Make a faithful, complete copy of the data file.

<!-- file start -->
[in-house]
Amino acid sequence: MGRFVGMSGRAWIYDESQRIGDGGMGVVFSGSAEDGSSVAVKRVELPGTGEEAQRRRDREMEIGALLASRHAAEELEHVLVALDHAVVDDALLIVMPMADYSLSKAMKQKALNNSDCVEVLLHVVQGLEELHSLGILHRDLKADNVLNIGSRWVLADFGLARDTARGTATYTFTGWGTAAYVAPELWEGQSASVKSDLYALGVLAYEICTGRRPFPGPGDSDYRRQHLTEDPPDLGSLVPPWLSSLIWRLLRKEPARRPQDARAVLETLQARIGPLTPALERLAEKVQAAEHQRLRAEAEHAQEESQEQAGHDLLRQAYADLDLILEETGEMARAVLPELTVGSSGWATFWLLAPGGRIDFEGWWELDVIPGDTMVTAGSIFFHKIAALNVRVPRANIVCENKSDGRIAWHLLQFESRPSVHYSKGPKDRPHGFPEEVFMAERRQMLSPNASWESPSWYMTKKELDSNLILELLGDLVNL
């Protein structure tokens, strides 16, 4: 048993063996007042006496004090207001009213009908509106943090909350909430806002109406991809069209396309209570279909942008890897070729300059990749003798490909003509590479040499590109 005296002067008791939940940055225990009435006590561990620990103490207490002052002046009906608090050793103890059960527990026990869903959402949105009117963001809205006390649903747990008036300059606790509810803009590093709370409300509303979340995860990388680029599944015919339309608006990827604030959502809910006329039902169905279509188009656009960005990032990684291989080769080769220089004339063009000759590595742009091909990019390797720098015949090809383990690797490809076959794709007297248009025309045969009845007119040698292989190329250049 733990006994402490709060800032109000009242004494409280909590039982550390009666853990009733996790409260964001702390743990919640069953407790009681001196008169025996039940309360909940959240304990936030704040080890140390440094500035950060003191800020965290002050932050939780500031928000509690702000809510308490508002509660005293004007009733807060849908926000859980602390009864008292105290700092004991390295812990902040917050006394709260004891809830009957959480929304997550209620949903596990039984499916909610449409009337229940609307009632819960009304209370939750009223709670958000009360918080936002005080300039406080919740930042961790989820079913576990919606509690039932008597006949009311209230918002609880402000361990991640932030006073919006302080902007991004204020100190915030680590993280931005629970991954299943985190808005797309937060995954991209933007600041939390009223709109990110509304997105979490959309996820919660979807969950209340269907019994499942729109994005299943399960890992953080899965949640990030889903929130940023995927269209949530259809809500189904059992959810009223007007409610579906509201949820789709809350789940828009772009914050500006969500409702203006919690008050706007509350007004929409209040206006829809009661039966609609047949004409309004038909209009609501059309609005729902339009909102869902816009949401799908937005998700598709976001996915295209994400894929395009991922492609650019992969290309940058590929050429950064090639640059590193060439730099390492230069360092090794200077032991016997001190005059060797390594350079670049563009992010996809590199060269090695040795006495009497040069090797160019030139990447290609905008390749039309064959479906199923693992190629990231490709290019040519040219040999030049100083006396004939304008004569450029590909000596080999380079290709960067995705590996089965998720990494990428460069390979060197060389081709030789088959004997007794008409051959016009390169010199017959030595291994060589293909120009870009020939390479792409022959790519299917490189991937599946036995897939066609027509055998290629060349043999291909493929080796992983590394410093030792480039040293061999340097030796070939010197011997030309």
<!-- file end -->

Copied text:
[in-house]
Amino acid sequence: MGRFVGMSGRAWIYDESQRIGDGGMGVVFSGSAEDGSSVAVKRVELPGTGEEAQRRRDREMEIGALLASRHAAEELEHVLVALDHAVVDDALLIVMPMADYSLSKAMKQKALNNSDCVEVLLHVVQGLEELHSLGILHRDLKADNVLNIGSRWVLADFGLARDTARGTATYTFTGWGTAAYVAPELWEGQSASVKSDLYALGVLAYEICTGRRPFPGPGDSDYRRQHLTEDPPDLGSLVPPWLSSLIWRLLRKEPARRPQDARAVLETLQARIGPLTPALERLAEKVQAAEHQRLRAEAEHAQEESQEQAGHDLLRQAYADLDLILEETGEMARAVLPELTVGSSGWATFWLLAPGGRIDFEGWWELDVIPGDTMVTAGSIFFHKIAALNVRVPRANIVCENKSDGRIAWHLLQFESRPSVHYSKGPKDRPHGFPEEVFMAERRQMLSPNASWESPSWYMTKKELDSNLILELLGDLVNL
């Protein structure tokens, strides 16, 4: 048993063996007042006496004090207001009213009908509106943090909350909430806002109406991809069209396309209570279909942008890897070729300059990749003798490909003509590479040499590109 005296002067008791939940940055225990009435006590561990620990103490207490002052002046009906608090050793103890059960527990026990869903959402949105009117963001809205006390649903747990008036300059606790509810803009590093709370409300509303979340995860990388680029599944015919339309608006990827604030959502809910006329039902169905279509188009656009960005990032990684291989080769080769220089004339063009000759590595742009091909990019390797720098015949090809383990690797490809076959794709007297248009025309045969009845007119040698292989190329250049 733990006994402490709060800032109000009242004494409280909590039982550390009666853990009733996790409260964001702390743990919640069953407790009681001196008169025996039940309360909940959240304990936030704040080890140390440094500035950060003191800020965290002050932050939780500031928000509690702000809510308490508002509660005293004007009733807060849908926000859980602390009864008292105290700092004991390295812990902040917050006394709260004891809830009957959480929304997550209620949903596990039984499916909610449409009337229940609307009632819960009304209370939750009223709670958000009360918080936002005080300039406080919740930042961790989820079913576990919606509690039932008597006949009311209230918002609880402000361990991640932030006073919006302080902007991004204020100190915030680590993280931005629970991954299943985190808005797309937060995954991209933007600041939390009223709109990110509304997105979490959309996820919660979807969950209340269907019994499942729109994005299943399960890992953080899965949640990030889903929130940023995927269209949530259809809500189904059992959810009223007007409610579906509201949820789709809350789940828009772009914050500006969500409702203006919690008050706007509350007004929409209040206006829809009661039966609609047949004409309004038909209009609501059309609005729902339009909102869902816009949401799908937005998700598709976001996915295209994400894929395009991922492609650019992969290309940058590929050429950064090639640059590193060439730099390492230069360092090794200077032991016997001190005059060797390594350079670049563009992010996809590199060269090695040795006495009497040069090797160019030139990447290609905008390749039309064959479906199923693992190629990231490709290019040519040219040999030049100083006396004939304008004569450029590909000596080999380079290709960067995705590996089965998720990494990428460069390979060197060389081709030789088959004997007794008409051959016009390169010199017959030595291994060589293909120009870009020939390479792409022959790519299917490189991937599946036995897939066609027509055998290629060349043999291909493929080796992983590394410093030792480039040293061999340097030796070939010197011997030309």